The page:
TAMPA, Fla. (WFLA) — Anita Scanlon tried to help her 80-year-old mother, Anna Andes, transfer her high-interest credit card balance to a lower interest rate, going from 23% interest to 2.9% for a year.
But somehow, the lender sent the money to a “B-jacks” instead of her “BJs” credit card. Since March, she says no one at Capital City Bank or Elan Financial, which manages the card, have been able to help.
“So basically everyone was saying ‘give it time,'” Scanlon said. “This is now six months later, and nobody knows where the money is.”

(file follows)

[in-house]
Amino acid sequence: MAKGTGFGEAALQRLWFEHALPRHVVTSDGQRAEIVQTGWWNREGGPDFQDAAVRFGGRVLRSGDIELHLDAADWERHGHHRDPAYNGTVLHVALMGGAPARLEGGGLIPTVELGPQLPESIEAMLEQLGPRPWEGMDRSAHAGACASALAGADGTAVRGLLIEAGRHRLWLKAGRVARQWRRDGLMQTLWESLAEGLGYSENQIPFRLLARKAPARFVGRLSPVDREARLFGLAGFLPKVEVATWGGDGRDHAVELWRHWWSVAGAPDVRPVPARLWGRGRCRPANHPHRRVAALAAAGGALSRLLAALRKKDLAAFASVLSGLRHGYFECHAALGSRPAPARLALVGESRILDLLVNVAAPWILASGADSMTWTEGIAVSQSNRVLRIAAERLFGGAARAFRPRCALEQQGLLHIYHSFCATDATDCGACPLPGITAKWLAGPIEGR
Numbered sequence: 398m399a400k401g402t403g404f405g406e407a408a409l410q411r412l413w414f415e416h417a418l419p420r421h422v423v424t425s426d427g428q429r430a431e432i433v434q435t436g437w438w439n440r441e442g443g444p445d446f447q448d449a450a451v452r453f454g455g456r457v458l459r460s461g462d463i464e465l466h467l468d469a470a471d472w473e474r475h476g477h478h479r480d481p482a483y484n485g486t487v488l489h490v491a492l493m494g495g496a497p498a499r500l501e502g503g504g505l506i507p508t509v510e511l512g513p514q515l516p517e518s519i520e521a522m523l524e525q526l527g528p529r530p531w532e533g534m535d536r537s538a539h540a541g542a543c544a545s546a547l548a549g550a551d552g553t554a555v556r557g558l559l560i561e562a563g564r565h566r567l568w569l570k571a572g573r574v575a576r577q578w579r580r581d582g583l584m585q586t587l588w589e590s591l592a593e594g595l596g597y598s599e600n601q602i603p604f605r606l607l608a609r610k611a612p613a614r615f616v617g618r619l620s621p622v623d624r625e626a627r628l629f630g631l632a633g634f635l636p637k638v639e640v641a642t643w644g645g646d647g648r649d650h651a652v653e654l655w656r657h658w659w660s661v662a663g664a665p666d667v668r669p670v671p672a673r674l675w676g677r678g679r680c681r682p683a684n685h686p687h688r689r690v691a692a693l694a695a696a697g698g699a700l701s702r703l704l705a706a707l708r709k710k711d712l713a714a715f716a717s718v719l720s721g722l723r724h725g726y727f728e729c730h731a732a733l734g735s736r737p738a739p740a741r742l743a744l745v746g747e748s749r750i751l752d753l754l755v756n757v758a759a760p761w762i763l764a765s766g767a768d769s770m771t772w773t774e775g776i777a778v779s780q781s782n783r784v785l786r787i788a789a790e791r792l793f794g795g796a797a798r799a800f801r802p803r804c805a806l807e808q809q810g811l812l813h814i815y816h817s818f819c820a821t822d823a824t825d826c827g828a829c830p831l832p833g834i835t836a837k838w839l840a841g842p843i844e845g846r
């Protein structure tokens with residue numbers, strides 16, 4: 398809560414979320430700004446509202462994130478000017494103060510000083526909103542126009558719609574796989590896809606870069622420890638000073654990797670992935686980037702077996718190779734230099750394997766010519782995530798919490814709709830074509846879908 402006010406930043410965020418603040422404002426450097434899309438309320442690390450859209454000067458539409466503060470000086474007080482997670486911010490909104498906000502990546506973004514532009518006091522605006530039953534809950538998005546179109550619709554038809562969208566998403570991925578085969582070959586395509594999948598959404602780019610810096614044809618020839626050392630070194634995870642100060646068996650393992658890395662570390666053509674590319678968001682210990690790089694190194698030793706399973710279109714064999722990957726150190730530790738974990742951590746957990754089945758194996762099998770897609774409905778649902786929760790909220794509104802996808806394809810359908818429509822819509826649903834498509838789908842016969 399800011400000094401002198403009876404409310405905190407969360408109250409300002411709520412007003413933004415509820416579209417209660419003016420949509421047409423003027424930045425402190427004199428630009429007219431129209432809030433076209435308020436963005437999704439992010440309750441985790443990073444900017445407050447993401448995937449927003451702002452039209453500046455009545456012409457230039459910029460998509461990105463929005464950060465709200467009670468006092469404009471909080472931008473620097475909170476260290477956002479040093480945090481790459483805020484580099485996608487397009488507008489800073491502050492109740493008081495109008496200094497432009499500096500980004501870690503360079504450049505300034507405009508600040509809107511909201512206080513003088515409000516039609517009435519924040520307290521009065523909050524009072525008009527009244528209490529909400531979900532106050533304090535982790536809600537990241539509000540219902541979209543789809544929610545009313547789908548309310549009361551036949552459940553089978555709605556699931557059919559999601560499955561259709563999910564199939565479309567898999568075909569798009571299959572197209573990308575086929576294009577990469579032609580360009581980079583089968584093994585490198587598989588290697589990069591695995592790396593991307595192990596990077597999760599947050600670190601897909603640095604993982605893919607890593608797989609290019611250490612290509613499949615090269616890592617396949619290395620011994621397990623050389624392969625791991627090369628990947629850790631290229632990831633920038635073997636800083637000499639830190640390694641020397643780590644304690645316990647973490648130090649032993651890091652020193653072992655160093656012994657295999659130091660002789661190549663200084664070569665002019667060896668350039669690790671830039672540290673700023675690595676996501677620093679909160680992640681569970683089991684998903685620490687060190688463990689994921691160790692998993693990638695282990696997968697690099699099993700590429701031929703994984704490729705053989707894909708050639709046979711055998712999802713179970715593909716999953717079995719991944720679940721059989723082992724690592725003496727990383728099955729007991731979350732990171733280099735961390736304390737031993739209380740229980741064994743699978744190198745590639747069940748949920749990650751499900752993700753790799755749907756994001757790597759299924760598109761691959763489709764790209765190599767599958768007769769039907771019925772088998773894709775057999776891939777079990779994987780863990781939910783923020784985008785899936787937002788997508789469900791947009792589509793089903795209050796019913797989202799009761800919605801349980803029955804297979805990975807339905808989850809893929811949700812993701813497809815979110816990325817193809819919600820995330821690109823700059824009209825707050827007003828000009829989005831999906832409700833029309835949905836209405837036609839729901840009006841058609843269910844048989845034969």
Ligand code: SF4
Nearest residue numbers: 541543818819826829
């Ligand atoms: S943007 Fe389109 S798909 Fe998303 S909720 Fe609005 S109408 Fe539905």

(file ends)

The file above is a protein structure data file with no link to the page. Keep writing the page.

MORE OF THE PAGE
“So, she’s paying them $1,660, which she though was paid off already, plus she has to pay $1,660 to Elan Financial because they’re the ones that did the transfer.”
Consumer Investigator Shannon Behnken reached out to Capital City Bank, and a spokeswoman promised to work with Elan Financial to resolve this.
Days later, Elan called with a promise to return the money for the double payments so Anna can be made whole.
On Friday afternoon, Scanlon and her mother checked her account and saw the company had refunded $1,857. That is the original balance, plus interest.